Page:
State ahead of the pack

Panel's advice will help improve teacher quality

By Ashley H. Grant

Associated Press

ST. PAUL -- Minnesota, already among the best in the nation on school test scores, will be the first state to work with a national nonpartisan panel to improve the quality of its teachers.

"It's all common sense," Louis Gerstner Jr., chairman of The Teaching Commission and former chairman of IBM, told hundreds gathered at an education forum Wednesday.


The 19-member panel made of former governors, business executives, school superintendents and former First Lady Barbara Bush earlier this year released a 64-page booklet of recommendations called "Teaching at Risk: A Call to Action."

It's designed to provide a sort of blueprint on what the country should do to improve education in this competitive, high-tech world -- especially as two-thirds of America's teachers are expected to retire in the next decade.

If changes aren't made now to give U.S. students an edge over those in other parts of the world, it could create "decades of decline," said Gerstner.

"It's going to be too late 10 years from now," he said. "I want you all in Minnesota to show this country that this problem can be solved."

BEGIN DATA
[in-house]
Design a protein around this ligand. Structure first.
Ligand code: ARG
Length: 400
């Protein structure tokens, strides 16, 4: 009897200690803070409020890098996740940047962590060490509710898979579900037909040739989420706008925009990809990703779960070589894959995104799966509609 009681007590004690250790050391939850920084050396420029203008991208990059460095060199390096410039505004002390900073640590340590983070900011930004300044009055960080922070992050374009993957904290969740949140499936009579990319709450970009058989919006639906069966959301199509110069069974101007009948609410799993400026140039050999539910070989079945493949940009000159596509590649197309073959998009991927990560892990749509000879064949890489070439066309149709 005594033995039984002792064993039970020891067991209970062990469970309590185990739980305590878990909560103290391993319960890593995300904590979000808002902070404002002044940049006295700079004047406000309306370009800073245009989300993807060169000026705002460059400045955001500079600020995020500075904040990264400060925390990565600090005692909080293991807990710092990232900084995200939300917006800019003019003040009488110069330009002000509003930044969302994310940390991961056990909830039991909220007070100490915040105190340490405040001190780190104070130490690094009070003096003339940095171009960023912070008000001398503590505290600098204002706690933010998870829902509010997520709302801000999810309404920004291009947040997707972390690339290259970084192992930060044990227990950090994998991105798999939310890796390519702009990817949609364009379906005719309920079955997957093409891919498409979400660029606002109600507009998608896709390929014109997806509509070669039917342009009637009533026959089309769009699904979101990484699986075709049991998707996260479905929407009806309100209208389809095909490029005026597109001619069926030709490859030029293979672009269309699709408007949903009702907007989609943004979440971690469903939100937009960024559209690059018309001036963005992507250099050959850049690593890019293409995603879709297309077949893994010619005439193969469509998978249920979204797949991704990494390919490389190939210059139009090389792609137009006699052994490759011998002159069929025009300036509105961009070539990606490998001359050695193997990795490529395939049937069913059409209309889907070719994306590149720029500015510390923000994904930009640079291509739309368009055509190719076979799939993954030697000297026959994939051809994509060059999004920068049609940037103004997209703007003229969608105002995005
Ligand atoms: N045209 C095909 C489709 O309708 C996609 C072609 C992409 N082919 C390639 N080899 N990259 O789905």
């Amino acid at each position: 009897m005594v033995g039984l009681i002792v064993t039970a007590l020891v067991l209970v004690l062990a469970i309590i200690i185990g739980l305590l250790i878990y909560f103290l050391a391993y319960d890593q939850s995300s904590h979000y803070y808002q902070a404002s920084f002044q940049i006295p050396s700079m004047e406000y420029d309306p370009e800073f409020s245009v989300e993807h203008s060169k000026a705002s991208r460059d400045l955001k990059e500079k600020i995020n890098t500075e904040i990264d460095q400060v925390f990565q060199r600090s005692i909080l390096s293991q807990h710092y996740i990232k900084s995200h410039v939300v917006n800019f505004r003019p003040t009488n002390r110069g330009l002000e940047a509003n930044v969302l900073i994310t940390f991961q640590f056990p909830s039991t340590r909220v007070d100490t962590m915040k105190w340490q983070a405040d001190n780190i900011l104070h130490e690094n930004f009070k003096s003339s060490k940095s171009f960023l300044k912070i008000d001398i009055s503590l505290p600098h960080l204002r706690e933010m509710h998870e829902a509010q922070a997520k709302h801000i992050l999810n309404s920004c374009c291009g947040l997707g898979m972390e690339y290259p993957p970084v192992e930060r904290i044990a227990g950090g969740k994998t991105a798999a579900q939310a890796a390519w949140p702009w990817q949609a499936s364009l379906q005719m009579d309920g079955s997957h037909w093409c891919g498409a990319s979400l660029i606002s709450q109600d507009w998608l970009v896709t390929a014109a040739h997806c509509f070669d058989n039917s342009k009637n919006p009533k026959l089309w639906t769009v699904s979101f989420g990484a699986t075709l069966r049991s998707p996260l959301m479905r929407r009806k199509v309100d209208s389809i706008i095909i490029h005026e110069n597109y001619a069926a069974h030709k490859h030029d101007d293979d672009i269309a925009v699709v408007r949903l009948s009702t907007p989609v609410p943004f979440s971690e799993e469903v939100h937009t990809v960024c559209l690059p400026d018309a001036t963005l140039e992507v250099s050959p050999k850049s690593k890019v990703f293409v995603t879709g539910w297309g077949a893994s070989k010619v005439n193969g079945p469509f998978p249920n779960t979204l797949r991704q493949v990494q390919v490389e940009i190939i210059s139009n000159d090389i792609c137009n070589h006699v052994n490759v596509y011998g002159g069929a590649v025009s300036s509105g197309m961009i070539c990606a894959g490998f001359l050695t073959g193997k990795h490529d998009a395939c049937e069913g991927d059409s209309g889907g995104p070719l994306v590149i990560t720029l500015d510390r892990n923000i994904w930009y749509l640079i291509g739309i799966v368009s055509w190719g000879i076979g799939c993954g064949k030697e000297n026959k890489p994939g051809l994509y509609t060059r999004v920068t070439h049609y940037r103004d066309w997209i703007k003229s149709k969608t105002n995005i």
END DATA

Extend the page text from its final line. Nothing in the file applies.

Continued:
An official from Education Minnesota, the teachers' union in the state, said it is too early to know what the state's teachers think about the proposal.

Key proposals in the plan include:

Recruiting smart, motivated teachers, paying them more so they can afford to stay in the profession long term, and giving them more of a role in how schools are run.

Making it easier for people who have spent time working in other fields to become teachers in those fields without spending four years in college to get a teaching degree.


More rigorous college preparation programs that will draw higher-caliber students into the profession and better professional development programs for working teachers.

Paying better teachers more money and paying teachers in high-demand fields like math and science more than those who teach social studies and English, for instance.

The proposals will be the basis for possible changes in the way Minnesota's teachers are trained, scrutinized and rewarded for years to come, Gov. Tim Pawlenty said.

"In the coming months, we're going to reach out with these ideas," he said, adding that nothing would happen unless education groups, Republicans and Democrats were working together to make them happen.

Pawlenty said he would propose directing more money toward K-12 education in the 2005 legislative session if lawmakers agreed that the money would be linked to teacher performance.

"That will clearly be on the table," he said. "That will be front and center in the upcoming session."

If all sides come together on the commission's recommendations, Pawlenty expects the entire package to be in place within a couple of years.

So far, it seems to have bipartisan support.

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